A comparison of auto industries: China's government supports its auto firms in growth and development while the US government only rescues its auto firms from bankruptcy. (Right?)
For the past several weeks, I have been plowing through this nearly complete set of China Automotive Industry Yearbooks, tracing China's auto policy since the early 1980s.
Toward the end of the 1990s, I began to see references to a supposed US government program the Chinese call "新一代汽车伙伴计划" (literally translated: "new generation vehicle partnership plan"). My first thought was, they have to be making this up to justify their own intervention in the auto industry. The US government does not intervene in the auto industry -- or at least it didn't until it had to rescue GM and Chrysler last year. Before that, the only other time was to rescue Chrysler (the first time) in the early '80s.
After seeing several references to this program and another one they called "自有汽车" (Freedom car? Seriously?), I decided I had to find out what this was all about. What I learned was that the US government has indeed established partnerships with the former "Big 3" American automakers to develop new vehicle technologies.
The first one "Partnership for a New Generation of Vehicles" (PNGV) was started in 1993 under the Clinton administration and, according to this article at Wikipedia, resulted in the development of some useful technologies that made vehicles lighter and more efficient. The program also resulted in diesel-burning cars built by each of the Big 3 that were able to get at least 72 miles per gallon. (You never heard of this? Funny. Neither had I.)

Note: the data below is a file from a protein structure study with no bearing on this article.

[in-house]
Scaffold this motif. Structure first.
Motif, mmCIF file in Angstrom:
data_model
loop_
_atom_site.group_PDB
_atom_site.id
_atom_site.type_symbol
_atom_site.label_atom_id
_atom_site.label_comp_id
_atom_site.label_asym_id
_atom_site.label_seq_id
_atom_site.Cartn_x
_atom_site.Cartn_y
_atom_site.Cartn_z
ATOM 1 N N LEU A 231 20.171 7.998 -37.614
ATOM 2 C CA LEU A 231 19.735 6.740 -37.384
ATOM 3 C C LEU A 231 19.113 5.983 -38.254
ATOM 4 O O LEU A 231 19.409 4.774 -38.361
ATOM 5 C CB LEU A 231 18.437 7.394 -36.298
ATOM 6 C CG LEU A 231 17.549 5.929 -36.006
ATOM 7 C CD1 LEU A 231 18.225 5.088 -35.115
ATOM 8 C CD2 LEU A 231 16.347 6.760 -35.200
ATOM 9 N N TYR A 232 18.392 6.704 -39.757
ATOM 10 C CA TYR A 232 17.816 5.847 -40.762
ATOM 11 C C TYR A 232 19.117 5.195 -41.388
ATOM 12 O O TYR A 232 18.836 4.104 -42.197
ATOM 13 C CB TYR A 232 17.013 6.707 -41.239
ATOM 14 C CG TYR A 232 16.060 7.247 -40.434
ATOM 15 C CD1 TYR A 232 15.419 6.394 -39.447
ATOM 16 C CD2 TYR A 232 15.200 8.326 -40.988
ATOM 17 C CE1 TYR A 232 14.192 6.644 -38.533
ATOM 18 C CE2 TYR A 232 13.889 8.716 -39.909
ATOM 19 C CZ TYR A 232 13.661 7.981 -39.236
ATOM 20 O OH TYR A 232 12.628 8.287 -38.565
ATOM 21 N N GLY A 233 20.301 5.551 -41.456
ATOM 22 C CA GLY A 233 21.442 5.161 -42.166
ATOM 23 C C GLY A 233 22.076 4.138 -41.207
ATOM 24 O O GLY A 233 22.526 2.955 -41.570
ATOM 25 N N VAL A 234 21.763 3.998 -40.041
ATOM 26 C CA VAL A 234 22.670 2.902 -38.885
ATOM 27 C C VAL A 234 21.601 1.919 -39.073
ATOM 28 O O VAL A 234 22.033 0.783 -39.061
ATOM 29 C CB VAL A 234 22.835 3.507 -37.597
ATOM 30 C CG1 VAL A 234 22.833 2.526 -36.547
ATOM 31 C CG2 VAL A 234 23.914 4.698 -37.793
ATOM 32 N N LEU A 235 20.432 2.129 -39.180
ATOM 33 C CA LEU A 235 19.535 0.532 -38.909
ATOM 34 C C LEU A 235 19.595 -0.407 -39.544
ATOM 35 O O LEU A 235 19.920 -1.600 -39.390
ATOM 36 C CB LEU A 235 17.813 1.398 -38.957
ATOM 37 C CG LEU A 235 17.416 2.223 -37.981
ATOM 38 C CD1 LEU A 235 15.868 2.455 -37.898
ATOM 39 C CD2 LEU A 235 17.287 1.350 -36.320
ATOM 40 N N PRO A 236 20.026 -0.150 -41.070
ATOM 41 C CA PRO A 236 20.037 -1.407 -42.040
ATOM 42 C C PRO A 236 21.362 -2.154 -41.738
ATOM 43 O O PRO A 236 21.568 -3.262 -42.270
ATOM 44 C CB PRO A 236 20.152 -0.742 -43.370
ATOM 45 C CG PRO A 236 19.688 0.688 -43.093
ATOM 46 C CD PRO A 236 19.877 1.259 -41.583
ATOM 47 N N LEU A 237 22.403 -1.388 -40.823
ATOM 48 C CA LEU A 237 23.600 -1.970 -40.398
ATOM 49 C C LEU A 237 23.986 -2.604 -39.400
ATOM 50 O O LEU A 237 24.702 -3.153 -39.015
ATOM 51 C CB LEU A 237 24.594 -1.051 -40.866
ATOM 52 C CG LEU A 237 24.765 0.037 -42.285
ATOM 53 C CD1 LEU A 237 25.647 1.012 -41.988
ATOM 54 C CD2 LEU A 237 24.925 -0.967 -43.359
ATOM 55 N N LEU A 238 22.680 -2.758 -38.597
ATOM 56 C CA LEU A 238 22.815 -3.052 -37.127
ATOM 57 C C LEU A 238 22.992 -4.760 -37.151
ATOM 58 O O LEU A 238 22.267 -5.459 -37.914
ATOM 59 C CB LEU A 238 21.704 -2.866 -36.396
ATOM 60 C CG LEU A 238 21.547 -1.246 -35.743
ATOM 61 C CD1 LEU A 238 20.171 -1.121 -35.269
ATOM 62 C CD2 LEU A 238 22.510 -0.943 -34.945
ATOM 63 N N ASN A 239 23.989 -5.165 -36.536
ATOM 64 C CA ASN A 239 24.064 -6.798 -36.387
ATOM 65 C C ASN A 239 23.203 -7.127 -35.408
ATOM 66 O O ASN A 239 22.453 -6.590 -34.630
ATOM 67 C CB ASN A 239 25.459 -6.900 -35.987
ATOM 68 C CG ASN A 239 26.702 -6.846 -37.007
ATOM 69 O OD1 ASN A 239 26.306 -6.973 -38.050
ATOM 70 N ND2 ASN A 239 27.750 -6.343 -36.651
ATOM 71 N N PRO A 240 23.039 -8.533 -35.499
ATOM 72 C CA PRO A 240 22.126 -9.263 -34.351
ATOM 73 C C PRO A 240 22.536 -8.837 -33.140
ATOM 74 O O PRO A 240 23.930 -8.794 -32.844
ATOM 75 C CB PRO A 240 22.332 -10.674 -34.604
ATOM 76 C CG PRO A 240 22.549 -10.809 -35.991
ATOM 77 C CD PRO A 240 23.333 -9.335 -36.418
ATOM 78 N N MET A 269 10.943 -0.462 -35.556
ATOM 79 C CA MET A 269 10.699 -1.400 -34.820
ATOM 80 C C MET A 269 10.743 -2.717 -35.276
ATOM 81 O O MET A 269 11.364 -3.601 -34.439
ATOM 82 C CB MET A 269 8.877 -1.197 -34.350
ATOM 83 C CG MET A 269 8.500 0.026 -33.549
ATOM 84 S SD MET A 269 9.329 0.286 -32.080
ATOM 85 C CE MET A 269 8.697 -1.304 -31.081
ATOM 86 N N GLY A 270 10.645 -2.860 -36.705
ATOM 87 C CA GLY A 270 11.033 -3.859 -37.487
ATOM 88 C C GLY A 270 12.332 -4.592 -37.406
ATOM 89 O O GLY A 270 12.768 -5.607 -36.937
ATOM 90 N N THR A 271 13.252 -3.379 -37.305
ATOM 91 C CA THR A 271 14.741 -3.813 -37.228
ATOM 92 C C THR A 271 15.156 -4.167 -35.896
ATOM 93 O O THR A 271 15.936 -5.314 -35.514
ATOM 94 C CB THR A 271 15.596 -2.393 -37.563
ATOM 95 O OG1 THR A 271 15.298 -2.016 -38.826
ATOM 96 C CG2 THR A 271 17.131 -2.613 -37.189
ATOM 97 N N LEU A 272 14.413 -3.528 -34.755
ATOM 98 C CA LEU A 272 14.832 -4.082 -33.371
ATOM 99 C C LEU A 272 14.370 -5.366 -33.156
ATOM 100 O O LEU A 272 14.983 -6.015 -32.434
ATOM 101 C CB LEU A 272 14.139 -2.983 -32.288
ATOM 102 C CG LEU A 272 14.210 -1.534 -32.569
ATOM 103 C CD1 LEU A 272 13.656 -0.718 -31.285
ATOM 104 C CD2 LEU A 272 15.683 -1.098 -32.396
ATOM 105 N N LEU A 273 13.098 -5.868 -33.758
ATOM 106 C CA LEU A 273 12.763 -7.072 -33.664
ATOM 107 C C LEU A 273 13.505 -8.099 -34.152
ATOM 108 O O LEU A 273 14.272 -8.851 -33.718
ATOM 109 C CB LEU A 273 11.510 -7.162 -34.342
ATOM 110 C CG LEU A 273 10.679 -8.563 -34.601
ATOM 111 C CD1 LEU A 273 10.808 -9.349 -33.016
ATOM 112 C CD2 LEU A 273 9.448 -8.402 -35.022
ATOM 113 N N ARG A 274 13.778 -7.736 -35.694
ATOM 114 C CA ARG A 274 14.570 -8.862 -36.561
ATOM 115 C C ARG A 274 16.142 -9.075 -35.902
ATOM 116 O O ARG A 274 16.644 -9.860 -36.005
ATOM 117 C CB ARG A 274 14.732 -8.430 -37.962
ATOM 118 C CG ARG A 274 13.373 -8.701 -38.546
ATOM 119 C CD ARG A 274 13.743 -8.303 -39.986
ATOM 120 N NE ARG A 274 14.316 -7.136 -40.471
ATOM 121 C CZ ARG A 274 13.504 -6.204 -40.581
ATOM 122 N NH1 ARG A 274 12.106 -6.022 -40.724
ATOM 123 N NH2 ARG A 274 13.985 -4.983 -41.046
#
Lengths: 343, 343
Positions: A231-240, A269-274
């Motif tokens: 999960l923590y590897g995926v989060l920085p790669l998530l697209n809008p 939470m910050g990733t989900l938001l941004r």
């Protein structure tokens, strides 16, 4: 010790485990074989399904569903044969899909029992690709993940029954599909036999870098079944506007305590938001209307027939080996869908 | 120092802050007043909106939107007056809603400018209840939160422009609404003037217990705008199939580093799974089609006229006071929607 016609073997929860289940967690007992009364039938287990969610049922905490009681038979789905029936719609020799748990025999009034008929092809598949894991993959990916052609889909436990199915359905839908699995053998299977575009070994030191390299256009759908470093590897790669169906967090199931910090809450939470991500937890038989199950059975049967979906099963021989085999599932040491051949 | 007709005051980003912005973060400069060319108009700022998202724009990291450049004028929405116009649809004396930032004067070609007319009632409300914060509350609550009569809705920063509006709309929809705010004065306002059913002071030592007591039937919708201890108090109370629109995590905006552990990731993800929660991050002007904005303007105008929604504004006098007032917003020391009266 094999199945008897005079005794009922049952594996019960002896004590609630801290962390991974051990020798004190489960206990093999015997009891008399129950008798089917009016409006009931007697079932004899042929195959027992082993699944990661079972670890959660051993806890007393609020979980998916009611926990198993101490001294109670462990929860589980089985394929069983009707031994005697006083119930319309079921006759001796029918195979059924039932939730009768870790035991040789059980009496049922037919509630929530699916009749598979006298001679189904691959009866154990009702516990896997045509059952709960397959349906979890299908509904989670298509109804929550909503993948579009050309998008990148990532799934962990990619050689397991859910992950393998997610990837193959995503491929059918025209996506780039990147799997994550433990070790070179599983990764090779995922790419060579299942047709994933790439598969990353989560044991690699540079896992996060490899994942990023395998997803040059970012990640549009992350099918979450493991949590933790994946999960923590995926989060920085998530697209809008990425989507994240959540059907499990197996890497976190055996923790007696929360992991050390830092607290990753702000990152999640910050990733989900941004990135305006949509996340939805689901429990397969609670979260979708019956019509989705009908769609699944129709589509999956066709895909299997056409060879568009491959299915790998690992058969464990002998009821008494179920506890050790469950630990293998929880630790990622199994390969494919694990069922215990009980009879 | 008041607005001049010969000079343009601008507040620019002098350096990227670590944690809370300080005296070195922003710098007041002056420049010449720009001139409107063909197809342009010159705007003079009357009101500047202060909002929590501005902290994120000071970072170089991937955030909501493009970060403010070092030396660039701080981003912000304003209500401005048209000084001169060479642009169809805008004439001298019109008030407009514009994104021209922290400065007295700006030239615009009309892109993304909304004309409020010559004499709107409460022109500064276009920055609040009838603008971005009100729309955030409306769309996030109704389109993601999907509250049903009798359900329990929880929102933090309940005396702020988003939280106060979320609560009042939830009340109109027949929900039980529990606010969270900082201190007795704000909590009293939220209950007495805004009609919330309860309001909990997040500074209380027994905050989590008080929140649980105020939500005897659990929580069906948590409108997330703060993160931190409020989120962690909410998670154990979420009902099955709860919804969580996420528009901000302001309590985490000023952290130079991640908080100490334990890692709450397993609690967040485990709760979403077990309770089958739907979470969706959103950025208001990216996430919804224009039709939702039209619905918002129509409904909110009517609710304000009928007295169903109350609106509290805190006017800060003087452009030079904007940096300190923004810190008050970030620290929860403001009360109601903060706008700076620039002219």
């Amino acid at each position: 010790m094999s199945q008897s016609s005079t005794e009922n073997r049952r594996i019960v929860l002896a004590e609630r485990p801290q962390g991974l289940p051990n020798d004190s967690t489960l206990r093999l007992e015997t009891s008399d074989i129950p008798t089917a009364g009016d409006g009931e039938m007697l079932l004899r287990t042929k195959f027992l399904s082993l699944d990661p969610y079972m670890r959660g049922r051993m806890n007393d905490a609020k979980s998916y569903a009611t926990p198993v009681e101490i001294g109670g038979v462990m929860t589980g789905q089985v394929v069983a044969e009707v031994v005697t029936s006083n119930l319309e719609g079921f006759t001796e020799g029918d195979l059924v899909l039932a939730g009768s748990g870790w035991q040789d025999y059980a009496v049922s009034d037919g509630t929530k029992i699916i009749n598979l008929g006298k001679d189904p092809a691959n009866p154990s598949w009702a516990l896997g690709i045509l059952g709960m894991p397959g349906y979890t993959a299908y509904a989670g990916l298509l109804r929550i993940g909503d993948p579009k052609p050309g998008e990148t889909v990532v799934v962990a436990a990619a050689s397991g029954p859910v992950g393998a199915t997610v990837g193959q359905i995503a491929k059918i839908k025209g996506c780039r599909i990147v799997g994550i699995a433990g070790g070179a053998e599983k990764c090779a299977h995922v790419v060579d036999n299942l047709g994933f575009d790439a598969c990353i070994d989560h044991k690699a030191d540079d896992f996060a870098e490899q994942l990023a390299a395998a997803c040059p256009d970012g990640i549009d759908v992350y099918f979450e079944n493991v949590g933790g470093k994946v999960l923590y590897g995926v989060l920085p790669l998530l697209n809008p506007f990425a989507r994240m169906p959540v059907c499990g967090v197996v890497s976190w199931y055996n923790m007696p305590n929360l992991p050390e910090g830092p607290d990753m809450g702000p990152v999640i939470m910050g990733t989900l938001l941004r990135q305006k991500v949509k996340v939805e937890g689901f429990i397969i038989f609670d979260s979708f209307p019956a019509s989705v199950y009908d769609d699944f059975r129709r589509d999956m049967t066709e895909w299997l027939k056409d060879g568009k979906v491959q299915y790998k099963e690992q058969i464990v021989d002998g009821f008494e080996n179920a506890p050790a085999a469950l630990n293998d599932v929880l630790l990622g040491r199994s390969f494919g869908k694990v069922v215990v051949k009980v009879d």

Curiously, this program was ended by the Bush Administration in 2001 (apparently at the request of the Big 3) and replaced with a new program called "Freedom Car". This new program dropped the focus on current technologies and began a push to make fuel-cell vehicles commercially viable.
In more recent times, I have become aware of funds have that been made available under a Department of Energy program to support the development of advanced lithium-ion batteries for electric vehicles, but my assumption had been that this was a one-off program put together under the stimulus program. However, as it turns out, I was wrong about that too. This program started in 2007, well over a year before we started to notice the economic downturn.
US government involvement in the auto industry, as it turns out, is not an aberation; it's quite the regularity. And it's not only about rescue from bankruptcy; the US government has been pushing all along for development of advanced vehicle technologies.
As is typically the case with Wikipedia articles, people with competing agendas are able to edit the pages to which I have linked above, so those articles do contain some bias. Still, it was interesting to discover that China isn't the only country whose government wants to see its automakers develop new technologies.
And I found it especially ironic that I had to learn about these US efforts from Chinese government documents.